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Captains Courageous (Bantam Classic) Paperback – January 1, 1985


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Product Details

  • Age Range: 10 and up
  • Grade Level: 5 and up
  • Lexile Measure: 1020L (What's this?)
  • Series: Bantam Classic
  • Paperback: 176 pages
  • Publisher: Bantam Classics (January 1, 1985)
  • Language: English
  • ISBN-10: 0553211900
  • ISBN-13: 978-0553211900
  • Product Dimensions: 7.1 x 4.1 x 0.4 inches
  • Shipping Weight: 2.4 ounces (View shipping rates and policies)
  • Average Customer Review: 4.1 out of 5 stars  See all reviews (92 customer reviews)
  • Amazon Best Sellers Rank: #1,068,453 in Books (See Top 100 in Books)

Editorial Reviews

From School Library Journal

Grade 5 Up-When Rudyard Kipling took up residence in the U.S., he found intriguing characters in the sailing men of New England. This dramatization of his classic novel focuses on a good-humored, hard-working Gloucester fisherman who rescues a spoiled rich boy, Harvey Cheynen, when he falls off a passing steamship. Unconvinced by Harvey's story that his father is a millionaire, Captain Disko Troop and the crew of the We're Here teach the boy the value of a job well done. When the ship returns to port several months later, Harvey is reunited with his exultant parents and there are happy surprises for everyone. Toni Jourdan's adaptation uses key elements of the original text, and the story is presented with enough gusto to give young listeners a taste of Kipling's style. Though some accents lack authenticity and a few performances are uneven, the use of appropriate sound effects enhances this generally well done production by the St. Charles Players. Repeating the last line on the next side of the cassette interrupts the flow of the story but may help youngsters keep their place. The cover art has eye appeal, but the box is made of lightweight cardboard. Playing portions of this dramatization would make an excellent book talk; using it as a whole would give upper elementary and middle school students additional exposure to the works of Kipling.
Barbara S. Wysocki, Cora J. Belden Library, Rocky Hill, CT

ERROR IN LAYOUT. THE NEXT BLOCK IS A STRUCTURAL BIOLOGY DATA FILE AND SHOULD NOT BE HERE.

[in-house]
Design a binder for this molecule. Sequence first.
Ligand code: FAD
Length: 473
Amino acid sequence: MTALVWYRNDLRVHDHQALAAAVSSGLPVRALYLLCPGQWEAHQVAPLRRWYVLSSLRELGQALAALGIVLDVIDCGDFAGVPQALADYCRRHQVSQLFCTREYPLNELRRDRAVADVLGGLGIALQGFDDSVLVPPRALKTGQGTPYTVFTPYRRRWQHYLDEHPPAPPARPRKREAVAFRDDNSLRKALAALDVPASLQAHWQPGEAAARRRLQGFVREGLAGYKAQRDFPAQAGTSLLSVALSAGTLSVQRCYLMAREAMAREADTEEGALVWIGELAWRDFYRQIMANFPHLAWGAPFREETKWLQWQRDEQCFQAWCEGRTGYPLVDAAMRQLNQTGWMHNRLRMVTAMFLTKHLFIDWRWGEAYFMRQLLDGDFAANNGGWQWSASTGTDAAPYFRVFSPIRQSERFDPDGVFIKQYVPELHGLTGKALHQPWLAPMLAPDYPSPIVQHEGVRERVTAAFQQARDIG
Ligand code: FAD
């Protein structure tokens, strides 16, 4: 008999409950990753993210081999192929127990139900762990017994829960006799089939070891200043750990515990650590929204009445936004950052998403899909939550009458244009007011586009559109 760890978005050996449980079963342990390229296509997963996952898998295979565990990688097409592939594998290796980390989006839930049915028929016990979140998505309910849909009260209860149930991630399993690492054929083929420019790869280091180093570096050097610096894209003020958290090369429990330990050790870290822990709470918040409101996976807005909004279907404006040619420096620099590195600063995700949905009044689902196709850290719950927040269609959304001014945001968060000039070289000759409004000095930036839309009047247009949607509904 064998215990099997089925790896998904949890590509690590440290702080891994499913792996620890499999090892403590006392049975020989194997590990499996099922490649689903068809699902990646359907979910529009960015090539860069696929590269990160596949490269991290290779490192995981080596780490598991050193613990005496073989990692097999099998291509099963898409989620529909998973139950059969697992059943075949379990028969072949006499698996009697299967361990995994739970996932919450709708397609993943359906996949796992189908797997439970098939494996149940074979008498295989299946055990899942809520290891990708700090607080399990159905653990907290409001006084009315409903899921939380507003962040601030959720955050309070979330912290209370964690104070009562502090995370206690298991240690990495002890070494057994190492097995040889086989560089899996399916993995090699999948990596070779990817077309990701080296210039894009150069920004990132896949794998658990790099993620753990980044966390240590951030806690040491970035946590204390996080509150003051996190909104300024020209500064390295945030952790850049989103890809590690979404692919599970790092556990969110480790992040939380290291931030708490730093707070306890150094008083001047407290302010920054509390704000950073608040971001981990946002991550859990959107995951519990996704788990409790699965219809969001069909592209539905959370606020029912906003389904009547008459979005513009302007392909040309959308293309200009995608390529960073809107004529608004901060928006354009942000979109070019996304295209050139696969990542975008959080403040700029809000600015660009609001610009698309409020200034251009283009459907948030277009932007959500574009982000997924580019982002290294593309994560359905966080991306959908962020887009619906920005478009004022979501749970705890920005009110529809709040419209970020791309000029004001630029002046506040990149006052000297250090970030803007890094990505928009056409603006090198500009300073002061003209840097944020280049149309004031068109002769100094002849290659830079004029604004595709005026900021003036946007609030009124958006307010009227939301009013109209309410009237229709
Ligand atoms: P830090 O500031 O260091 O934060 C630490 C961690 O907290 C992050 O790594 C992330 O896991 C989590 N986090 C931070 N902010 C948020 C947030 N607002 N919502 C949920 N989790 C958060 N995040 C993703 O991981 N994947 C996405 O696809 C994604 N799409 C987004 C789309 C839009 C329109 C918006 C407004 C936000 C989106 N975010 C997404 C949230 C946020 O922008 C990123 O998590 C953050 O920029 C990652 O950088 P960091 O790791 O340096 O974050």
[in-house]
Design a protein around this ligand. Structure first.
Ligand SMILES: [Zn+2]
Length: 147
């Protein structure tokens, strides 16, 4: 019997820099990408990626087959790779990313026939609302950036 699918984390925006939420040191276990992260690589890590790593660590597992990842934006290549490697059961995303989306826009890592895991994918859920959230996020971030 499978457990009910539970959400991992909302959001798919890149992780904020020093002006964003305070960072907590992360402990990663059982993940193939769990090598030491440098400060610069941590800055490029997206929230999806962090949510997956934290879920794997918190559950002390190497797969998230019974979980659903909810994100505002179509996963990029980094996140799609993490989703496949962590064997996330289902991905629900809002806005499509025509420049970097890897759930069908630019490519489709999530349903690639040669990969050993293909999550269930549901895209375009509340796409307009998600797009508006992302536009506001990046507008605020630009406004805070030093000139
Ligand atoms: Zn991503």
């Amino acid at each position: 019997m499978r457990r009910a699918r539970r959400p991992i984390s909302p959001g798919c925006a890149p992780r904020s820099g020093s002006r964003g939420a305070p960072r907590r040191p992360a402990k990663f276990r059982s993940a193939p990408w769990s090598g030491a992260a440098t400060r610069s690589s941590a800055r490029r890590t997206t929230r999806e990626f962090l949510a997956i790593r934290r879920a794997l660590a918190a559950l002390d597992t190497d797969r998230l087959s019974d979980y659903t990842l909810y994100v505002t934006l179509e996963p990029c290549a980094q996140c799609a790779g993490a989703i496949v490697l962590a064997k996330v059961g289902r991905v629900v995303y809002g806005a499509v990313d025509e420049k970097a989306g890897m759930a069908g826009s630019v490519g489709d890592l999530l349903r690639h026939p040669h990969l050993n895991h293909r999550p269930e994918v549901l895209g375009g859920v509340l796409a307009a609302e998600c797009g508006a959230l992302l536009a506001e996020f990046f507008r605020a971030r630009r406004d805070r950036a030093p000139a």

Copyright 1999 Reed Business Information, Inc. --This text refers to the Audio Cassette edition.

Review

“The most complete man of genius I have ever known.”—Henry James
 
“Throughout the world his voice commanded more respect than any citizen other than heads of state.”—Mark Twain
 
“Of Kipling’s personal decency there can be no doubt….I for one cannot help wishing that I could offer some kind of tribute.”—George Orwell
--This text refers to the Mass Market Paperback edition.

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Customer Reviews

The story of Harvey's growing up involves responsibilty, hard work, trust and honor.
jeanne-scott
I must admit it takes a bit of effort and concentration to understand the New England accent that Kipling uses in this classic story.
Spike Jensen
I would certainly reccomend this book to anyone who likes adventure stories, or who just likes a good book!
Jonathan Akers (akers77@aol.com)

Most Helpful Customer Reviews

46 of 46 people found the following review helpful By jeanne-scott on January 29, 2003
Format: Mass Market Paperback
Captains Courageous is a wonderful story of a pampered and indulged boy, the son of a millionaire, named Harvey Cheyne. He has no responsibilities and is given anything he wants. He lacks respect for anyone and that includes himself. He is washed overboard from a luxury liner while on a trip with his mother and is picked up by a fisherman. The fishing boat can not return him immediately because they have a crew that needs to earn a living. Harvey's family presumes that he is dead, drowned at sea. The story of Harvey's growing up involves responsibilty, hard work, trust and honor. Rudyard Kipling tells the story marvelously. The story is brilliantly crafted and a pure delight to read. The language of the story gives it the feel of the times and helps illustrate the rough lifestyles involved. This is a grand morality tale of adventure, human nature and the value of real love. I read this as a young teenager, but now (many years later!!) I see what an awesome author Kipling truly was!!!! This is a book to be read again!
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22 of 25 people found the following review helpful By blackGT2 on May 30, 2001
Format: Mass Market Paperback